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1 Samuel 30:11–20

So David recovered all that the Amalekites had carried away, and David rescued his two wives. And nothing of theirs was lacking … David recovered all (vv. 18–19).

As David and his men press on after the Amalekites, they make a most unexpected discovery—a young Egyptian man. Apparently, he has collapsed due to lack of food and water, but he is still alive. Perhaps recognizing the hand of God in this unusual event, David takes time from his pursuit to give the man water and something to eat, which revives him to the point that he can answer questions. David first asks about his origins and his loyalties, and the man replies that he was a servant to an Amalekite who was part of the raiding party that burned Ziklag. However, the Egyptian says that he became sick as the Amalekite party traveled, whereupon his master simply left him behind to fend for himself or die. Clearly he is upset at having been treated so cruelly, for when David asks whether he can show where the Amalekites have gone, he replies that he can and will—just as long as David will not kill him or turn him over to his former master.

It doesn’t take long for the Egyptian to fulfill his promise. He soon leads David’s force to the Amalekites, who have halted their march to enjoy the spoils of their raid. Apparently they believe David is still far away fighting with the Philistines, so they have nothing to fear. But David quickly teaches them otherwise. He comes upon them unexpectedly and attacks them for a night and a day. This passage notes that, when David finds them, the Amalekites are “spread out over all the land,” suggesting they are a great host. It also says that only four hundred of them escape by riding on camels, yet four hundred is the total number of David’s men. The picture that emerges from these clues is of an overwhelming victory by David. And in this victory, we are told, “David recovered all that the Amalekites had carried away,” just as God had promised him. His two wives, his men’s loved ones, their property—David recovers it all.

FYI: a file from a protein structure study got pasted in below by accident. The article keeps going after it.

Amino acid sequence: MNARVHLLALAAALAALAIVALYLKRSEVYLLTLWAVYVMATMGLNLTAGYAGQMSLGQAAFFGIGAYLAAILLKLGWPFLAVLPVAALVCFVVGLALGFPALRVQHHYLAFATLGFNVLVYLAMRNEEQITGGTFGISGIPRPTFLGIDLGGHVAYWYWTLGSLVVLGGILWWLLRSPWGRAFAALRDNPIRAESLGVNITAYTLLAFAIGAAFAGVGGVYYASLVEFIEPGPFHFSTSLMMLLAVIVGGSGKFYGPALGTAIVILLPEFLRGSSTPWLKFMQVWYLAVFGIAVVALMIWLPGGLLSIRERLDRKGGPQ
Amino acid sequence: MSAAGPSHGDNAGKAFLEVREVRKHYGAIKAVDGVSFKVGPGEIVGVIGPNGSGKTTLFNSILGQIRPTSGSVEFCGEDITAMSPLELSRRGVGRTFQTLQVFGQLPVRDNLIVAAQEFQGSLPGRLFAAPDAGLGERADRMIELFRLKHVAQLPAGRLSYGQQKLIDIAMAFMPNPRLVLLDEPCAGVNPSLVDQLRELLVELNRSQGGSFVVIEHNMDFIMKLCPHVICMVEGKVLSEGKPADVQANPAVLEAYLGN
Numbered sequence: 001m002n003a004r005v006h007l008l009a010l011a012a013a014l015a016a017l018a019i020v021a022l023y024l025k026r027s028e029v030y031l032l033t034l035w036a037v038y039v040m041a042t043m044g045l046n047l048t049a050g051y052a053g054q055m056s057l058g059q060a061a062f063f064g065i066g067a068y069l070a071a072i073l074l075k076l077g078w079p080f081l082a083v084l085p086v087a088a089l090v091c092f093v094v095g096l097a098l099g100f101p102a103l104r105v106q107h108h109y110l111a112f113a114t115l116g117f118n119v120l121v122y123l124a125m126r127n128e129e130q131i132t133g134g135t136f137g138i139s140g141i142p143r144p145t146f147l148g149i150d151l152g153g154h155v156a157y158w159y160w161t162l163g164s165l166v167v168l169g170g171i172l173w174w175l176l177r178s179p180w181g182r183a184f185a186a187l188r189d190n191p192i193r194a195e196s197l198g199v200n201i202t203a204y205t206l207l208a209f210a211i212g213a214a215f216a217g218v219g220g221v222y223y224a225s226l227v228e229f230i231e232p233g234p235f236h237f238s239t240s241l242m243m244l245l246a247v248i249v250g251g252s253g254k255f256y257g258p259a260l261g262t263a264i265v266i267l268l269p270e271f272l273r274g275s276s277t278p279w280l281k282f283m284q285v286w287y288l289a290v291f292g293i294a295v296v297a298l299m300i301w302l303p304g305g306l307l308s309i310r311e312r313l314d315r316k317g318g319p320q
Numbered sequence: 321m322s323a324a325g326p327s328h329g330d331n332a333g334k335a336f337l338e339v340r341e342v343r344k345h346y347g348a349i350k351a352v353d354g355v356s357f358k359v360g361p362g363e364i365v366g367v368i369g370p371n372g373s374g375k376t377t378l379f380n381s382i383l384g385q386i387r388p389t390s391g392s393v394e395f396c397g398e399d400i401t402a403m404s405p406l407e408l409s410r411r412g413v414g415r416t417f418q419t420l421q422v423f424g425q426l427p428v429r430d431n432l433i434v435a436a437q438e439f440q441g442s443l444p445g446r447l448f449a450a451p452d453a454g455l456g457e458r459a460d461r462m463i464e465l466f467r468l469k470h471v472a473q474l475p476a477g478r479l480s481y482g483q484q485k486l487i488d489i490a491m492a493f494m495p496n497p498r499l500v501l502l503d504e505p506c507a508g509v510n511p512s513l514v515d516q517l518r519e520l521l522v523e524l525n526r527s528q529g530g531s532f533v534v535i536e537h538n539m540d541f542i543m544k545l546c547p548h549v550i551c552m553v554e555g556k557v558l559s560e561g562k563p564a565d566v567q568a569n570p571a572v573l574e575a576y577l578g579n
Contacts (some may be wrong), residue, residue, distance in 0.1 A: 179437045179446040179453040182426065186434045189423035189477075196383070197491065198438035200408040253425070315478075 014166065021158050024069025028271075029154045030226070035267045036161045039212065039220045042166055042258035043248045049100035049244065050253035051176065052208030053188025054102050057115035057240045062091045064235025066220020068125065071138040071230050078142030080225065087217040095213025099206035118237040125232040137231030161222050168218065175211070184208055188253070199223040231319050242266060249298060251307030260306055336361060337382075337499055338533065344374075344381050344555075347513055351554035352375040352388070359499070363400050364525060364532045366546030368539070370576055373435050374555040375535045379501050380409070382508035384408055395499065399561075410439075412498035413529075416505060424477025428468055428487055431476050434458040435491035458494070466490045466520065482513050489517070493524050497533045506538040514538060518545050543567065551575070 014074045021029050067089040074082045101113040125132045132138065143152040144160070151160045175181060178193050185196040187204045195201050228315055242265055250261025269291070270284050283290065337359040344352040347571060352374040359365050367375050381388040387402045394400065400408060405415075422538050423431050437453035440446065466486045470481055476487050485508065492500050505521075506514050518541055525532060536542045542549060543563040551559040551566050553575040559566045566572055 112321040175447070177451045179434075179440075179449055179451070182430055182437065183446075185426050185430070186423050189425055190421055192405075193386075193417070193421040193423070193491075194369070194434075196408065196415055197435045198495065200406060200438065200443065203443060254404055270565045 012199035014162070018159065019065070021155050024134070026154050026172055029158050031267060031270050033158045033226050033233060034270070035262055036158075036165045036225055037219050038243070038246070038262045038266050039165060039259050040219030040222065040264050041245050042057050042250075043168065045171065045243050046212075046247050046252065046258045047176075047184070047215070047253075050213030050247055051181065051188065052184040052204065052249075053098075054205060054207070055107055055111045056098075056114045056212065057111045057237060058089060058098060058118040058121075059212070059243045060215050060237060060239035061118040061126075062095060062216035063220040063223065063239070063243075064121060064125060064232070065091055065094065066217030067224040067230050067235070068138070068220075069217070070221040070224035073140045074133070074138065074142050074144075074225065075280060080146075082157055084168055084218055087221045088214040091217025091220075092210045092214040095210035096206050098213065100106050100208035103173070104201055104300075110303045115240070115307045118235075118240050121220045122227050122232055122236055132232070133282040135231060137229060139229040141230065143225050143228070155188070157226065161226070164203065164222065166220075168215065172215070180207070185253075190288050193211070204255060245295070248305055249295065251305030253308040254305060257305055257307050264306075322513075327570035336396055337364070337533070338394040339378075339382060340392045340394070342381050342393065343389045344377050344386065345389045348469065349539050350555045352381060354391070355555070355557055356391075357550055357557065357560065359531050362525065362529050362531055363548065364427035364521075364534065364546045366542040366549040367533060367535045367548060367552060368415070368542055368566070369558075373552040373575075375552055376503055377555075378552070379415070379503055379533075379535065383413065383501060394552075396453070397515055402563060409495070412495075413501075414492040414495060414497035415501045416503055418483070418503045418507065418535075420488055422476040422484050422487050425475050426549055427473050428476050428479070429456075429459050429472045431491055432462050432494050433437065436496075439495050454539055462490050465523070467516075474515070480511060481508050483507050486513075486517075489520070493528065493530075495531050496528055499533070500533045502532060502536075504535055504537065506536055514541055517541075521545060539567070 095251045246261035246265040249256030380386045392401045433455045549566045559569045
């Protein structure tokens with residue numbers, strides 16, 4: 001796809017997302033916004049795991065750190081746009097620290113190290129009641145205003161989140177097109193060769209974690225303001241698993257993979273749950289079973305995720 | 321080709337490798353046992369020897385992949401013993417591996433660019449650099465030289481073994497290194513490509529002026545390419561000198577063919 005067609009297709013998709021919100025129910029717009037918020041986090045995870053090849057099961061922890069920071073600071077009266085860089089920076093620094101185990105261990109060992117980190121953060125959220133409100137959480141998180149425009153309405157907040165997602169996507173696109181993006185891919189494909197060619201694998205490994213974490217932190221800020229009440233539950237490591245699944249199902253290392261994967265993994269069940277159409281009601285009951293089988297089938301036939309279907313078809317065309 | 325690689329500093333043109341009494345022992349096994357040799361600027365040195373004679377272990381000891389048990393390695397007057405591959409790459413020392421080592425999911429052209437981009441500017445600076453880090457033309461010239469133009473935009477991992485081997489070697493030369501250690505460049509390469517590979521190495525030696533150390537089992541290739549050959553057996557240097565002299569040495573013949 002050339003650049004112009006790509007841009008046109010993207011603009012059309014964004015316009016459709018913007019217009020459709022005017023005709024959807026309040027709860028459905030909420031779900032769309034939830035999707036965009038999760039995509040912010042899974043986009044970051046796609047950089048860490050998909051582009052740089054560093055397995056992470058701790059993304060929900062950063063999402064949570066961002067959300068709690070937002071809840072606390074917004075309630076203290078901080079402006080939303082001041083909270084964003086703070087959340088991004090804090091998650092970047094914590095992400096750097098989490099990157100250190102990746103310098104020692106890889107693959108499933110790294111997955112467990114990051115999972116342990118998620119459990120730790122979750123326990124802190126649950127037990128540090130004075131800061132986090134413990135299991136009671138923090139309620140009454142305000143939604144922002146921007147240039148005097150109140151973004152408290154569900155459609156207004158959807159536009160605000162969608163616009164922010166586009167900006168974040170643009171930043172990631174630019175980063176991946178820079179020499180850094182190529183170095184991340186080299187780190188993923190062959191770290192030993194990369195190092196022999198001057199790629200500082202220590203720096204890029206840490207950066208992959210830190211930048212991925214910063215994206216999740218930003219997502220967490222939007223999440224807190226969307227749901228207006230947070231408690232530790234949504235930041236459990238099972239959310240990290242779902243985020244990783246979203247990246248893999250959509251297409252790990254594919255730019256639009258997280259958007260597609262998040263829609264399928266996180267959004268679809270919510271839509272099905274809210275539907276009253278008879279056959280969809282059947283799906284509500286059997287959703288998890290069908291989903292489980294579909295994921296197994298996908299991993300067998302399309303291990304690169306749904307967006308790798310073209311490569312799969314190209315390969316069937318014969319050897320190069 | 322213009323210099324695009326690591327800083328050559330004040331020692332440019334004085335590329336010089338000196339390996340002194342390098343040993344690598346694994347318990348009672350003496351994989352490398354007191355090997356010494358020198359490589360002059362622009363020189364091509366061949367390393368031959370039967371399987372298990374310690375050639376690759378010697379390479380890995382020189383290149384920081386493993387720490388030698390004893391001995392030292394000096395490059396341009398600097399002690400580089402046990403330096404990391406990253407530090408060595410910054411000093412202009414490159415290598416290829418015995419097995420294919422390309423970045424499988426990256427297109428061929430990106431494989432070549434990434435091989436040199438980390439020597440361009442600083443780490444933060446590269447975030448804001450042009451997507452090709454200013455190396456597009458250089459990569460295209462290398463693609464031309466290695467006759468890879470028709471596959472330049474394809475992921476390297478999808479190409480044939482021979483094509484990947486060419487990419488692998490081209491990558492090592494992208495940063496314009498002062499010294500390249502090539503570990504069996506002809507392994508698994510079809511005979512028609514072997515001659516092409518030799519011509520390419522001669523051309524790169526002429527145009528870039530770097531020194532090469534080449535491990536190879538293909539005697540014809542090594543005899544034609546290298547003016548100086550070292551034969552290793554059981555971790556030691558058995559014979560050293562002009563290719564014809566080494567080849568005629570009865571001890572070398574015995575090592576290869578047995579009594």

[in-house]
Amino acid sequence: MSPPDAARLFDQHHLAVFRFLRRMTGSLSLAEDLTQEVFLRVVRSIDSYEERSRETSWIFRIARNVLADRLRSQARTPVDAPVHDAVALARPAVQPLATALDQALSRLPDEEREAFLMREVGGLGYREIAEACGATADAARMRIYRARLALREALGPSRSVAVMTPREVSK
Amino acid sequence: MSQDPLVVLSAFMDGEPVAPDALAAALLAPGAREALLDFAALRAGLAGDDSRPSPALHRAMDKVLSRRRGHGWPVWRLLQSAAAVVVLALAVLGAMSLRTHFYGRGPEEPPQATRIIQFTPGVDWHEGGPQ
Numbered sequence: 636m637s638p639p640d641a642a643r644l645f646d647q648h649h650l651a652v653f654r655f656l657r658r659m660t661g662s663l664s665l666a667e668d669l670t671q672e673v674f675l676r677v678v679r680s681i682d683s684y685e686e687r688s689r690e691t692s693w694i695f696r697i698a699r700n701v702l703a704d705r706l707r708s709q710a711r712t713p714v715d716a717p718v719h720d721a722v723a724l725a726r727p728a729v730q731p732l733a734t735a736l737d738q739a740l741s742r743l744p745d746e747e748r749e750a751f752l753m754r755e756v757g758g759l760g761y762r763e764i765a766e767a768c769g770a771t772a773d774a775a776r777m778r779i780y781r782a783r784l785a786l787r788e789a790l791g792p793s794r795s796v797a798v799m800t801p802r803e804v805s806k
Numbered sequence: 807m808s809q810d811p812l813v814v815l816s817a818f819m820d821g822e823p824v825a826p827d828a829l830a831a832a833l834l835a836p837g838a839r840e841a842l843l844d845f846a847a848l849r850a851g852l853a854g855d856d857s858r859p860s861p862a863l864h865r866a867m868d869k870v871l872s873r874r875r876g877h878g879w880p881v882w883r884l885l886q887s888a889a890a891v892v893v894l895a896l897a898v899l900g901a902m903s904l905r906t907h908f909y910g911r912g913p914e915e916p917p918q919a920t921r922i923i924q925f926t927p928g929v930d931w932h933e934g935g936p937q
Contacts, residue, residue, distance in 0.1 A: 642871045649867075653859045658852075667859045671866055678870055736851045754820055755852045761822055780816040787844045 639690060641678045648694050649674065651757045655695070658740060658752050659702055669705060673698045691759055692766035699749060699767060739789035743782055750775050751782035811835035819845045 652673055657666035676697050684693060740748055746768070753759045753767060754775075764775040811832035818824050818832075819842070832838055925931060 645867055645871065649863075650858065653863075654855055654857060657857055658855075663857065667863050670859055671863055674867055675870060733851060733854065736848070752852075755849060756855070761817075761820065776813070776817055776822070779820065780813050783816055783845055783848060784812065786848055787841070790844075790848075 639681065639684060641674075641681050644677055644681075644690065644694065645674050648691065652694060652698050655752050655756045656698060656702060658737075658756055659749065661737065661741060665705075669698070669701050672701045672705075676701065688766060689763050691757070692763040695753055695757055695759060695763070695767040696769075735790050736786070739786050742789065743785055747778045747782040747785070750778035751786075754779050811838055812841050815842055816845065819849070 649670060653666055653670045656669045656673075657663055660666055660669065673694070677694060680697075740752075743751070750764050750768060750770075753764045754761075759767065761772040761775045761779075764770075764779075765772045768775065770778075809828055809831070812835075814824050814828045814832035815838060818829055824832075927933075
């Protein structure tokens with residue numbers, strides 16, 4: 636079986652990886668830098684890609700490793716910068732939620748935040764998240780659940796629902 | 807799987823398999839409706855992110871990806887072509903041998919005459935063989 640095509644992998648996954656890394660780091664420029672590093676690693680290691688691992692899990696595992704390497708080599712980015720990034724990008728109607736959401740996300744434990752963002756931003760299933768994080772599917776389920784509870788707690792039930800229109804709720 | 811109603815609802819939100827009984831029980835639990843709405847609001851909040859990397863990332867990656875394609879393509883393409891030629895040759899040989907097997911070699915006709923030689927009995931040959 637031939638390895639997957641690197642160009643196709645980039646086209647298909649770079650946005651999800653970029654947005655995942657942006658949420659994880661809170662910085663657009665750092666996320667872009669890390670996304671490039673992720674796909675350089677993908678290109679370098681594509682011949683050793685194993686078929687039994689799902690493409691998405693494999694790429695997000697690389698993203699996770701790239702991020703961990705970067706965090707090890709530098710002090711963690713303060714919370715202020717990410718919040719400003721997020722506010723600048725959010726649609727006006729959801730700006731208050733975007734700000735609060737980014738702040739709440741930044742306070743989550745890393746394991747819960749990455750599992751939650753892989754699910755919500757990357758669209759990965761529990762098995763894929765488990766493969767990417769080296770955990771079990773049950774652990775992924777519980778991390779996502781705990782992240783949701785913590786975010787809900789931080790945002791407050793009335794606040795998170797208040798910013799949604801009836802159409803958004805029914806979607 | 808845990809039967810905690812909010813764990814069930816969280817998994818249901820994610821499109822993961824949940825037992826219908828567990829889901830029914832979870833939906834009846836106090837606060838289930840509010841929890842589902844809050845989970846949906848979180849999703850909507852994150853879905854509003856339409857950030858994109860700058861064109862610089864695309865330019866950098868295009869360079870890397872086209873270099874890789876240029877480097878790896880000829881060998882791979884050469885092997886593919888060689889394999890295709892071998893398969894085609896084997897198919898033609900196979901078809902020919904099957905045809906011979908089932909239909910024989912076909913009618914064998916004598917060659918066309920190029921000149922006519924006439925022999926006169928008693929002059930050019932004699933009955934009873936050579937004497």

In addition, David and his men capture a great deal of livestock the Amalekites took from other cities they raided. According to the New King James Version, David claims this livestock for himself, but Biblical translators say that these words should be attributed to David’s men, not David himself. The men who so recently were ready to stone David for allowing their loved ones to be taken are now rewarding him for leading the rescue.

Coram Deo Living before the face of God

God’s hand was in the illness of the Egyptian. He caused it that the man might be left behind, so as to be found by David and lead him to the Amalekites. So works the providential hand of the God who sees the end from the beginning. We can trust that every circumstance in our lives, minor or great, is working for our good (Rom. 8:28).

For Further Study
  • Ps. 135:6
  • Dan. 4:34–35
  • Acts 15:18; 17:25–28
  • Eph. 1:11

Just Deserts

A Generous Leader

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From the July 2003 Issue
Jul 2003 Issue